Volatile Arenas: Stadium Protests in Iran

June 4, 2019
6 min read
Iranian stadiums and football matches have become places of protest
Iranian stadiums and football matches have become places of protest
Fans for a football team in Tabriz used recent matches to shout political slogans
Fans for a football team in Tabriz used recent matches to shout political slogans

The anarchic events seen in Iranian sports stadiums over the past two years have nothing in common with the interplay between sports and politics in Iran over the past two decades. Recent events are full of assault, battery, brawls, fights with the police, disorder and disobeying the law and the chanting of slogans that somethings bear no relation to sports at all.

But it is true that political and social slogans were also heard in stadiums in the years after the 1979 Islamic Revolution. The first recorded instance was February 16, 1989, at the first football matches to be held since the Revolution. The stadiums became places of protest at those matches – where political slogans turned into disgruntled and angry screams.

It was a simple event, but it turned Iran’s capital of Tehran upside-down. Two matches were scheduled, Perspolis vs. Gendarmerie in Azadi Stadium and Esteghlal vs. Pas in Shiroodi Stadium. Both the Gendarmerie and Pas clubs belonged to the security and police forces.

There was heavy rain the day before the two matches – causing floods. Referees for both games said the fields were still waterlogged and would not be ready; they asked for the games to be canceled, which was agreed. But new dates were not announced.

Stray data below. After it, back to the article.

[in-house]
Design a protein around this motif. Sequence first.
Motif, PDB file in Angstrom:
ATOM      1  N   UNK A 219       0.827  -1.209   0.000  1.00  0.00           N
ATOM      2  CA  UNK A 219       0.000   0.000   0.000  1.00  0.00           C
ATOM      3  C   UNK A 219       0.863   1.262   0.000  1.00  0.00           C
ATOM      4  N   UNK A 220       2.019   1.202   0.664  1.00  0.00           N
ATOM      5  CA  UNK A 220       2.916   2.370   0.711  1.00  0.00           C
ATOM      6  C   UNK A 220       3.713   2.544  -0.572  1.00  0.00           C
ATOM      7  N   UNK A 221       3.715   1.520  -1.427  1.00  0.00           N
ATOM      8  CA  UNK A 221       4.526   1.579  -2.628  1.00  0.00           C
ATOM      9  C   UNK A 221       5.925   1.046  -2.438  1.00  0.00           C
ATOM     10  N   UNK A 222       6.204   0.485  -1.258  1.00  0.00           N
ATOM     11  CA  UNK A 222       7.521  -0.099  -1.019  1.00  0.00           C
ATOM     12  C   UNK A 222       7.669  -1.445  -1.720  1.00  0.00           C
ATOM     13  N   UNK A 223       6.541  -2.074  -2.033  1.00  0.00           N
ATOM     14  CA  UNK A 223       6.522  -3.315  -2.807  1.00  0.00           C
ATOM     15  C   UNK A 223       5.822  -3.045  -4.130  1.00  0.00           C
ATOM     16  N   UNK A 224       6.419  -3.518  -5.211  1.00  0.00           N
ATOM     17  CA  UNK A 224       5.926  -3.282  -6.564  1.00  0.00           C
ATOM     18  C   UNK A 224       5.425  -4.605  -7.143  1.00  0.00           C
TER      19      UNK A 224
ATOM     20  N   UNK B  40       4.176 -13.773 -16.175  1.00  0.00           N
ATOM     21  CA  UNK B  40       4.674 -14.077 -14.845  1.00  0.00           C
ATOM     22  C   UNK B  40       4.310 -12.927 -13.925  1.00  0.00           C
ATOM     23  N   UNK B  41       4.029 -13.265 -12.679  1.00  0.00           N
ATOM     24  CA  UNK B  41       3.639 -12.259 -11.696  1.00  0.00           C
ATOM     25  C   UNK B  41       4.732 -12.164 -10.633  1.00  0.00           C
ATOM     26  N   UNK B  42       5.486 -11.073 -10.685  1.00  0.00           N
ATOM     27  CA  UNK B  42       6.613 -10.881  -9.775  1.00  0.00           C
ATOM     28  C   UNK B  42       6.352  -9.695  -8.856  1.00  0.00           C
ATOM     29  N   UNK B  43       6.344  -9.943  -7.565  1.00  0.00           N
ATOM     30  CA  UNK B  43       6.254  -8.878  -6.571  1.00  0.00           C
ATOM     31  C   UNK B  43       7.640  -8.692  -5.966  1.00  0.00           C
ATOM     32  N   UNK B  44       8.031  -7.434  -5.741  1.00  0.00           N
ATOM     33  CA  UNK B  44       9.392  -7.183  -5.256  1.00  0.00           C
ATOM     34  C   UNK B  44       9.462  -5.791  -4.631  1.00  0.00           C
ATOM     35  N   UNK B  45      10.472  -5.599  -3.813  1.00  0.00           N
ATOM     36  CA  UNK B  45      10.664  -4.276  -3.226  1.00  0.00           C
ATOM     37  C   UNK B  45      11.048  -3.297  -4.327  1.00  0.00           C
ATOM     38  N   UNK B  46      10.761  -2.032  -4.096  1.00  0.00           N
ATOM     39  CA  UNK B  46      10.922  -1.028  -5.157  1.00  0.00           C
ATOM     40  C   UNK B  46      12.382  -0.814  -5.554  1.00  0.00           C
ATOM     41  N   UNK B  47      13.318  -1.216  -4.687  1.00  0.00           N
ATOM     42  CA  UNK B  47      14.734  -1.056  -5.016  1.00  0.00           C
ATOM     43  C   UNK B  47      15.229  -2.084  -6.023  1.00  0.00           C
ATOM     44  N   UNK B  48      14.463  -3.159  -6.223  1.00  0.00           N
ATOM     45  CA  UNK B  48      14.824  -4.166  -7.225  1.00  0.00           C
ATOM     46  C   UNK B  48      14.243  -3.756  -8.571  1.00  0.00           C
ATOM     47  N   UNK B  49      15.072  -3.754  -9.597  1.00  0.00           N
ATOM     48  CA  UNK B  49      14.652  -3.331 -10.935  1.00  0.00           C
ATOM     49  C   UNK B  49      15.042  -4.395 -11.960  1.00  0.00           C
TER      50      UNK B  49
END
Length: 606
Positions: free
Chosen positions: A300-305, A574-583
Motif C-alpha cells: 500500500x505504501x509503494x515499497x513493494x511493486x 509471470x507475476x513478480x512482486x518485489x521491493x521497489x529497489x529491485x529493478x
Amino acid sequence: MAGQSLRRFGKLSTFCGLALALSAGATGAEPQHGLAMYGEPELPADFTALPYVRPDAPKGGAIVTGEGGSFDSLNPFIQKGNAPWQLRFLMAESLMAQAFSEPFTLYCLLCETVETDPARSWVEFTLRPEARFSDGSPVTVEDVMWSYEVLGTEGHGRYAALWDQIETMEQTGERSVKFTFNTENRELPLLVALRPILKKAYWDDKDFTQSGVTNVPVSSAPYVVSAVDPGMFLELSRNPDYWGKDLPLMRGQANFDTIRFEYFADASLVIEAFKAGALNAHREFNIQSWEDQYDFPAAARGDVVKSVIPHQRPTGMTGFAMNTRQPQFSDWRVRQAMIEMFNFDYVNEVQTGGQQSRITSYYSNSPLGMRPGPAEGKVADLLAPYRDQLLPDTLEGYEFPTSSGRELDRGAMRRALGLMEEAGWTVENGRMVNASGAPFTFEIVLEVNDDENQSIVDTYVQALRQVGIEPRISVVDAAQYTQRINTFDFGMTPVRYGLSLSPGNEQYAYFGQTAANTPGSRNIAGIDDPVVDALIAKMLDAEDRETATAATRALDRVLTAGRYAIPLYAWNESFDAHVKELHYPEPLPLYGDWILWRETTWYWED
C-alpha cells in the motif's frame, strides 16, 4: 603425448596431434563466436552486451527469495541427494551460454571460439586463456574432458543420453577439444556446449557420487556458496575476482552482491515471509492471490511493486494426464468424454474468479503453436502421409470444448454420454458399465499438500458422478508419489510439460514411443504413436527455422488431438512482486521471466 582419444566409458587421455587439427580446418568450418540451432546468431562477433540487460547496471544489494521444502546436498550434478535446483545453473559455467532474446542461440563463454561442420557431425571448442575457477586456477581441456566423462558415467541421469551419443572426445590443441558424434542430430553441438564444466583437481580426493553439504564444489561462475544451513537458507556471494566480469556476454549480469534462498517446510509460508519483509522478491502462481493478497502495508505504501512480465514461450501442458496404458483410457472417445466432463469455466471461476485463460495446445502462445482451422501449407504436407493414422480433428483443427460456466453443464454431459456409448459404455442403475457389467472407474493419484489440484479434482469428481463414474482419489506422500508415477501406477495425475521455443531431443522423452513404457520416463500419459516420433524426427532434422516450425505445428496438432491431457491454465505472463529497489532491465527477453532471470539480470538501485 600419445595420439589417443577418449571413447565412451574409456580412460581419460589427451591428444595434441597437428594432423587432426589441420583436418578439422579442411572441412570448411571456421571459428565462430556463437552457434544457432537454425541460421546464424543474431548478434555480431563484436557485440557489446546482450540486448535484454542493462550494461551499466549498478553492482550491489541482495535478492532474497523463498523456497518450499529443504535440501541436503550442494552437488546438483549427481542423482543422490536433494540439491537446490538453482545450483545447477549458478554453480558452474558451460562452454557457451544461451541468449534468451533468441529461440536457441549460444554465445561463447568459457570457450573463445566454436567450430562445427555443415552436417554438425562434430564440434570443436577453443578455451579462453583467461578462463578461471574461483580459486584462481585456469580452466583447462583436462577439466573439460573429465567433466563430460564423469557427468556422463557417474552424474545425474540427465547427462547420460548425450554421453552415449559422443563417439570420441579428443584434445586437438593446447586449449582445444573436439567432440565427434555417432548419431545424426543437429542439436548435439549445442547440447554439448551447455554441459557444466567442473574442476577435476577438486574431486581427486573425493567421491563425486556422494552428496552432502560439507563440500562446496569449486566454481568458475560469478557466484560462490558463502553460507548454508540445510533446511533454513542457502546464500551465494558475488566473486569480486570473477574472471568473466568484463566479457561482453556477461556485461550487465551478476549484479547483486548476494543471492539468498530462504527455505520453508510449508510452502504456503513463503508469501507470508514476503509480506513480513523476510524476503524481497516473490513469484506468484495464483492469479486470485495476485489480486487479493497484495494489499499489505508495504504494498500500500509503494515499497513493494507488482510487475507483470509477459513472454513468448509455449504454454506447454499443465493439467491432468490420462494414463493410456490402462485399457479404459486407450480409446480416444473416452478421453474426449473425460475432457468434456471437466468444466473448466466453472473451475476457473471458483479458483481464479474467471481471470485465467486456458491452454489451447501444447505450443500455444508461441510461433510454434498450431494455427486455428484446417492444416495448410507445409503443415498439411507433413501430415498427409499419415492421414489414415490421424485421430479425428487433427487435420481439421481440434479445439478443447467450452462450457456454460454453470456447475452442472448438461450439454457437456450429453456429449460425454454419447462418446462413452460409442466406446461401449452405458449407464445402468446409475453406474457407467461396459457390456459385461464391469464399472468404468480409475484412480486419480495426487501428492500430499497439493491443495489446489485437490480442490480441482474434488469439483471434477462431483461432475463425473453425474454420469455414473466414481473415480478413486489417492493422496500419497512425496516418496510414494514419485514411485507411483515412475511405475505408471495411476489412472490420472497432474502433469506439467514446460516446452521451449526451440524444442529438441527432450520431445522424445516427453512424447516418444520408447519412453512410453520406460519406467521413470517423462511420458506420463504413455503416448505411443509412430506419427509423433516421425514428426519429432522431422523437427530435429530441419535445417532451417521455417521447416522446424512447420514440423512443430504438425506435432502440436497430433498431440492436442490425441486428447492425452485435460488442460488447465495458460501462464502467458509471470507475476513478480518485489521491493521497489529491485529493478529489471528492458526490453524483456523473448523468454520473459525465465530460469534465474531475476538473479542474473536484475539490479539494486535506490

News of the cancelations failed to spread, and people gathered at the stadiums at the previously arranged times. They quickly saw that the matches had been called off – but did not know that it was due to the rain. The crowds assumed that the authorities had prompted the cancelations for political reasons; in their anger, they began chanting anti-regime slogans.

Hasan Ghafoorifard, the head of Iran’s Physical Education Organization at the time, claimed that Tehran’s Football Association had planned and instigated the protests so as to sully the effect of Revolution Day celebrations earlier that month. And the then-interior minister, Abdollah Noorsi, said that football was being mixed with political controversies and that such a small incident did not warrant being taken seriously. But the head of the Football Association was arrested that day along with some of the most prominent protestors.

And yet this was not the spark that lit a fire of protest through Iranian football. These early uprisings quickly petered out. Persepolis and Esteghlal, meanwhile, were also turned over to figures within the security forces for their management.

Similar instances occurred in other countries – such as Morocco, Egypt and the Ivory Coast. Famously, 30,000 Moroccan fans once chanted at a football match that “We talk to God, only he understands us. We live in this country with sorrow and pain. They raised us with narcotics, like orphans. They need to be held accountable in the next life. They ruined our talented [youth] and replaced them with addicts. They stole our wealth and made foreigners rich. They ruined the happiness, passion and kindness of our generation.”

Iranian sports stadiums can accommodate tens of thousands of people. And given that Iran’s government has banned public gatherings and protests, people from different backgrounds and parts of society have few opportunities to be next to each other. Sports matches in stadiums are one of the only places where they can speak in one voice. Security forces know this, of course, and closely monitor every match and especially the most fervent sports fans.